Across the United States the presence of historic architecture is being used too often as the singular measure of the importance of a settlement or town. Some argue that a limited number, or absence, of styled buildings in a settlement or town indicates that there is not much important value or substance in the civic and cultural life of the community. Some use the current locations of architecture, buildings that follow academic design styles, to define the most important area to preserve in a community. Without a doubt, architecture is an important source and expression of American culture, but it is not the only authentic asset or legitimate historical reference.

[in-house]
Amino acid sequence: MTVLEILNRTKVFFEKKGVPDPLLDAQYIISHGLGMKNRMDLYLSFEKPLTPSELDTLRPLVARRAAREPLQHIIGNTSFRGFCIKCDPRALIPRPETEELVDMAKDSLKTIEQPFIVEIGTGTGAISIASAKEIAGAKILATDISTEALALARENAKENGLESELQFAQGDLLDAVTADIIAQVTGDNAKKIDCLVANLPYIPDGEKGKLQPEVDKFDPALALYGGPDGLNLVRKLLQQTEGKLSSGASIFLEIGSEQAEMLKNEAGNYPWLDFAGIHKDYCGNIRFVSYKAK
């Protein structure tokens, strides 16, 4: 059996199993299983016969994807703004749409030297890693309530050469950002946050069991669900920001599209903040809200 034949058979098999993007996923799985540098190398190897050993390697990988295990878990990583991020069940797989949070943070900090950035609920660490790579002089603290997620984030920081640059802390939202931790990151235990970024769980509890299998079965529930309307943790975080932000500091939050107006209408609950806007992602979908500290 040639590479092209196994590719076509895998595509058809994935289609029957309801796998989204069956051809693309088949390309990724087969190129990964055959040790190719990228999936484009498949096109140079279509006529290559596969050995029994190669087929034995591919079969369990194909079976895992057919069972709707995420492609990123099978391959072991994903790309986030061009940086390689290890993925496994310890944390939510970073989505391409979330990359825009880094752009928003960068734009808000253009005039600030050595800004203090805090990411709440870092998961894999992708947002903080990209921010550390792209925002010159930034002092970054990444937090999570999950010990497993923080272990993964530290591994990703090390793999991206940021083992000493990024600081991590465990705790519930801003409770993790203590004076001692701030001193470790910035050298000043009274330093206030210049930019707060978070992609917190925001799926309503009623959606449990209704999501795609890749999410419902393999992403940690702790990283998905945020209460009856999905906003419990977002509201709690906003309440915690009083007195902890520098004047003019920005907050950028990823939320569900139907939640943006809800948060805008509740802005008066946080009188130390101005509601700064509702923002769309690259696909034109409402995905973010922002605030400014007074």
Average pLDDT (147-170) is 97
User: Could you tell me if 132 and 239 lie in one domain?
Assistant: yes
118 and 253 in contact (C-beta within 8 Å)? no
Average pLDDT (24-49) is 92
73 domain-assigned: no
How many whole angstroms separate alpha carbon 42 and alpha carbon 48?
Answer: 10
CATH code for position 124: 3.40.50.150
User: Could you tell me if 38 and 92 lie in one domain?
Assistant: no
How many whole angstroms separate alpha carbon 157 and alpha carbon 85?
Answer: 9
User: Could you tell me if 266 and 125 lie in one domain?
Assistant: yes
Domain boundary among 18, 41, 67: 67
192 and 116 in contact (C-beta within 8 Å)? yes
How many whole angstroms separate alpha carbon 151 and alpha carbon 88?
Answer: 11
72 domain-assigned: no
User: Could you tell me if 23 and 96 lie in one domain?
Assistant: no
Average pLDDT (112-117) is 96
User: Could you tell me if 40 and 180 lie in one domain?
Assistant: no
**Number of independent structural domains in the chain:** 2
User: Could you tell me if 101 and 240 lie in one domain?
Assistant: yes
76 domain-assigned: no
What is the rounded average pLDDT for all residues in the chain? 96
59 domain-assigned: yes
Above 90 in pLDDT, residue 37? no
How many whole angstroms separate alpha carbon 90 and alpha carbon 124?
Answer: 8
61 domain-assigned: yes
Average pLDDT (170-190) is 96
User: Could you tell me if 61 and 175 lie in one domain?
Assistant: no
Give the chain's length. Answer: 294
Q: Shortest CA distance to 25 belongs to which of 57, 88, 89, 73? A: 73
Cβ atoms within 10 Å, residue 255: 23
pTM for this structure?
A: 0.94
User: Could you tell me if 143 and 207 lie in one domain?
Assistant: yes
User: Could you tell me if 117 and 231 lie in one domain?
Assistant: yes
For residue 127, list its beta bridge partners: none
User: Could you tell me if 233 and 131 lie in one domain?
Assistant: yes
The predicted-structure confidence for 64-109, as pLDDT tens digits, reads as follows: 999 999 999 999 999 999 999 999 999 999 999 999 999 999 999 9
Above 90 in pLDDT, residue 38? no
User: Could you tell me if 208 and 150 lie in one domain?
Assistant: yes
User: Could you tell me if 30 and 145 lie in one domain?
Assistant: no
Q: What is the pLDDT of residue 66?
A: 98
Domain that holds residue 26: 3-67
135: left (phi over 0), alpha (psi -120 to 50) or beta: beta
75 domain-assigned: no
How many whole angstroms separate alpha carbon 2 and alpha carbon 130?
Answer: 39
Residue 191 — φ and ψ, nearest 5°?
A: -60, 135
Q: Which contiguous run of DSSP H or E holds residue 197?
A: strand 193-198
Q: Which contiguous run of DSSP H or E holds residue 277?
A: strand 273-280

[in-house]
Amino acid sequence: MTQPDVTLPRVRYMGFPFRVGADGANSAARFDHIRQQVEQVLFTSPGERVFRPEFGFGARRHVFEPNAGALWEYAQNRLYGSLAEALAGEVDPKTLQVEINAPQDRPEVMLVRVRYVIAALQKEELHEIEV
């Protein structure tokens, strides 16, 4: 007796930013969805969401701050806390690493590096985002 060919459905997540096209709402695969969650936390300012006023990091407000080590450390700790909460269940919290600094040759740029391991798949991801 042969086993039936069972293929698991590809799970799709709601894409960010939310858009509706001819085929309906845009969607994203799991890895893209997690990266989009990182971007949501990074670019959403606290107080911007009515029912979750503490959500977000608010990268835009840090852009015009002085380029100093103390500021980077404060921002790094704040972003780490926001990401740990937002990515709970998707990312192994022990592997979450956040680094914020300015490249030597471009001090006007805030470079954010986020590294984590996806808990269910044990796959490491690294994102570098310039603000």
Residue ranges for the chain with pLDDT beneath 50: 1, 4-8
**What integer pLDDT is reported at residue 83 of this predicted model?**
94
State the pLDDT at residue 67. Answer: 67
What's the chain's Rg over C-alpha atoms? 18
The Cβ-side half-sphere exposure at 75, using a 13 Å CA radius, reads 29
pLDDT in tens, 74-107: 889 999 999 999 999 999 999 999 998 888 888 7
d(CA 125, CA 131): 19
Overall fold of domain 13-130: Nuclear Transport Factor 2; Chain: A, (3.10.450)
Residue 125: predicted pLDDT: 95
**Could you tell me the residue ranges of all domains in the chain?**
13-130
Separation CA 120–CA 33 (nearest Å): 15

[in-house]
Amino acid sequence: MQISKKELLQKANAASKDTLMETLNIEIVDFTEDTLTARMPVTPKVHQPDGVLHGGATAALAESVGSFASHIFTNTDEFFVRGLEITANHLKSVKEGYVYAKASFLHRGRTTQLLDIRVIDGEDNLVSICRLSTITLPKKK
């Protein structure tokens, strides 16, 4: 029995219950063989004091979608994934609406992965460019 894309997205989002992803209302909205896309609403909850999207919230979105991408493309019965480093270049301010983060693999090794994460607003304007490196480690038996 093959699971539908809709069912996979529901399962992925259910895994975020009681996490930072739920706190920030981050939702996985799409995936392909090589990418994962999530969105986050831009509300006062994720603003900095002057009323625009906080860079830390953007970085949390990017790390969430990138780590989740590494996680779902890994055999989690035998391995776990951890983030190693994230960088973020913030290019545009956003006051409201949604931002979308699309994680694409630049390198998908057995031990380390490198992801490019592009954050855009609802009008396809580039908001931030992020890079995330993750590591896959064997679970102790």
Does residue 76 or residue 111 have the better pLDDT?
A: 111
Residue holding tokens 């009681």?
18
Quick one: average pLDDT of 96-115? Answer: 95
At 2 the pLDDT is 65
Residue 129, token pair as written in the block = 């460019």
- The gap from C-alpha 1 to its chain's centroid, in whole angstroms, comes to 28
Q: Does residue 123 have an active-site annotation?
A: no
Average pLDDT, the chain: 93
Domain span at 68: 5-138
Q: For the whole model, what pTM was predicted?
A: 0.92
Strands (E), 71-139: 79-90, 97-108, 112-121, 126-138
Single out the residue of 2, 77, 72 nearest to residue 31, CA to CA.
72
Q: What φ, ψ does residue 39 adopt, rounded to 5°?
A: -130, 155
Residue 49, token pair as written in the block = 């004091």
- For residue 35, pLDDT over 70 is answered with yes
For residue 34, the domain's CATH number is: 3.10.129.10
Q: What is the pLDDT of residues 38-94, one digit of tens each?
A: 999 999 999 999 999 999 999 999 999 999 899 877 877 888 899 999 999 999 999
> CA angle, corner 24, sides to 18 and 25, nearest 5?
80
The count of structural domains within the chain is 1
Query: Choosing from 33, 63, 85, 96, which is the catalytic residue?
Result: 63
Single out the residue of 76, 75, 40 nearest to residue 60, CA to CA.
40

The advertisement for Mound Bayou, Mississippi in the adjacent frame appeared in the 1912 edition of the Negro Yearbook published by Tuskegee Institute in Macon County, Alabama. It is telling to note the number of land related words, such as real estate, town, and acres, that appear in the copy. The words town and community are also emphasized. It is clear that the land and community were Mound Bayou’s most important resources. …MORE